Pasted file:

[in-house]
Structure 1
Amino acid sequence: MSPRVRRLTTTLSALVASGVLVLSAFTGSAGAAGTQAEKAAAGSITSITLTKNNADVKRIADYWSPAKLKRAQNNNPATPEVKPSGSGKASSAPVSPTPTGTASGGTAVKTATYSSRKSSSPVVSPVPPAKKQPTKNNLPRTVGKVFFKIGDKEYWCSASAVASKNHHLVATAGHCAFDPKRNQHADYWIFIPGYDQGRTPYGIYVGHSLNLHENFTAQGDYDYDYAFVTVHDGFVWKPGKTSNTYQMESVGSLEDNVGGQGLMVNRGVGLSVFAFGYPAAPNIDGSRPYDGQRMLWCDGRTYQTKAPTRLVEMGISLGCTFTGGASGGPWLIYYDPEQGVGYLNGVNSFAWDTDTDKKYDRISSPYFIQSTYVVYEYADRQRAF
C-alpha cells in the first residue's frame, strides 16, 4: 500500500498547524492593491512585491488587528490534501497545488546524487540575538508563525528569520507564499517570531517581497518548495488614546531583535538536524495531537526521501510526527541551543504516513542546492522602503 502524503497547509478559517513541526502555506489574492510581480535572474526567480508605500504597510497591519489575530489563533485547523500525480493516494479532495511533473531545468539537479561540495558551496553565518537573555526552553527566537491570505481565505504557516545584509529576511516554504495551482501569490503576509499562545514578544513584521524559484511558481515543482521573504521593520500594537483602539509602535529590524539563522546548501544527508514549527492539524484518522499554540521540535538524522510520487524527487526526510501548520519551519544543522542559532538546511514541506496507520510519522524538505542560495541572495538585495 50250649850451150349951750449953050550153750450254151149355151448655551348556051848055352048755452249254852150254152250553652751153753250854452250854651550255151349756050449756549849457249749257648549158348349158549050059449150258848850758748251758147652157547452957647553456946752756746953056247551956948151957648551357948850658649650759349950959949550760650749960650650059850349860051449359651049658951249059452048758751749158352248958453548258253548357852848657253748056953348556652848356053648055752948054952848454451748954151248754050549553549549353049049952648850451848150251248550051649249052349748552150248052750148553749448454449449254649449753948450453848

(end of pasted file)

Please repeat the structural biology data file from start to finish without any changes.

[in-house]
Structure 1
Amino acid sequence: MSPRVRRLTTTLSALVASGVLVLSAFTGSAGAAGTQAEKAAAGSITSITLTKNNADVKRIADYWSPAKLKRAQNNNPATPEVKPSGSGKASSAPVSPTPTGTASGGTAVKTATYSSRKSSSPVVSPVPPAKKQPTKNNLPRTVGKVFFKIGDKEYWCSASAVASKNHHLVATAGHCAFDPKRNQHADYWIFIPGYDQGRTPYGIYVGHSLNLHENFTAQGDYDYDYAFVTVHDGFVWKPGKTSNTYQMESVGSLEDNVGGQGLMVNRGVGLSVFAFGYPAAPNIDGSRPYDGQRMLWCDGRTYQTKAPTRLVEMGISLGCTFTGGASGGPWLIYYDPEQGVGYLNGVNSFAWDTDTDKKYDRISSPYFIQSTYVVYEYADRQRAF
C-alpha cells in the first residue's frame, strides 16, 4: 500500500498547524492593491512585491488587528490534501497545488546524487540575538508563525528569520507564499517570531517581497518548495488614546531583535538536524495531537526521501510526527541551543504516513542546492522602503 502524503497547509478559517513541526502555506489574492510581480535572474526567480508605500504597510497591519489575530489563533485547523500525480493516494479532495511533473531545468539537479561540495558551496553565518537573555526552553527566537491570505481565505504557516545584509529576511516554504495551482501569490503576509499562545514578544513584521524559484511558481515543482521573504521593520500594537483602539509602535529590524539563522546548501544527508514549527492539524484518522499554540521540535538524522510520487524527487526526510501548520519551519544543522542559532538546511514541506496507520510519522524538505542560495541572495538585495 50250649850451150349951750449953050550153750450254151149355151448655551348556051848055352048755452249254852150254152250553652751153753250854452250854651550255151349756050449756549849457249749257648549158348349158549050059449150258848850758748251758147652157547452957647553456946752756746953056247551956948151957648551357948850658649650759349950959949550760650749960650650059850349860051449359651049658951249059452048758751749158352248958453548258253548357852848657253748056953348556652848356053648055752948054952848454451748954151248754050549553549549353049049952648850451848150251248550051649249052349748552150248052750148553749448454449449254649449753948450453848